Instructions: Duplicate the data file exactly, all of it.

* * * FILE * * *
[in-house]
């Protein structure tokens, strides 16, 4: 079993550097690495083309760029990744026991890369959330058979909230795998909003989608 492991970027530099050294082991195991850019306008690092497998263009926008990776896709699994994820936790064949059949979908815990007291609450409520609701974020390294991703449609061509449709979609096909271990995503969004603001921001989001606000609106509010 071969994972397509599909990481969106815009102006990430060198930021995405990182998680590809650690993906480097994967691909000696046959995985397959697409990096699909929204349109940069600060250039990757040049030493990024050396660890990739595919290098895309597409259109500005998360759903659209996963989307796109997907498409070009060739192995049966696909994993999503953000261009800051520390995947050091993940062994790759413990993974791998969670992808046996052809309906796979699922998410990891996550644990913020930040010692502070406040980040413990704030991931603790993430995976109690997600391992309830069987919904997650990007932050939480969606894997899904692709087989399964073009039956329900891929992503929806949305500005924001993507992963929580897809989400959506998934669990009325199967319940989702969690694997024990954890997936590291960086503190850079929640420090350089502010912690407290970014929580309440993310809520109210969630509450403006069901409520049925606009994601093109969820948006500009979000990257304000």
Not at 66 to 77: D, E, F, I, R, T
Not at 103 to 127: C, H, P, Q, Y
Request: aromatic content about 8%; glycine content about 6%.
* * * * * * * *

[in-house]
């Protein structure tokens, strides 16, 4: 079993550097690495083309760029990744026991890369959330058979909230795998909003989608 492991970027530099050294082991195991850019306008690092497998263009926008990776896709699994994820936790064949059949979908815990007291609450409520609701974020390294991703449609061509449709979609096909271990995503969004603001921001989001606000609106509010 071969994972397509599909990481969106815009102006990430060198930021995405990182998680590809650690993906480097994967691909000696046959995985397959697409990096699909929204349109940069600060250039990757040049030493990024050396660890990739595919290098895309597409259109500005998360759903659209996963989307796109997907498409070009060739192995049966696909994993999503953000261009800051520390995947050091993940062994790759413990993974791998969670992808046996052809309906796979699922998410990891996550644990913020930040010692502070406040980040413990704030991931603790993430995976109690997600391992309830069987919904997650990007932050939480969606894997899904692709087989399964073009039956329900891929992503929806949305500005924001993507992963929580897809989400959506998934669990009325199967319940989702969690694997024990954890997936590291960086503190850079929640420090350089502010912690407290970014929580309440993310809520109210969630509450403006069901409520049925606009994601093109969820948006500009979000990257304000």
Not at 66 to 77: D, E, F, I, R, T
Not at 103 to 127: C, H, P, Q, Y
Request: aromatic content about 8%; glycine content about 6%.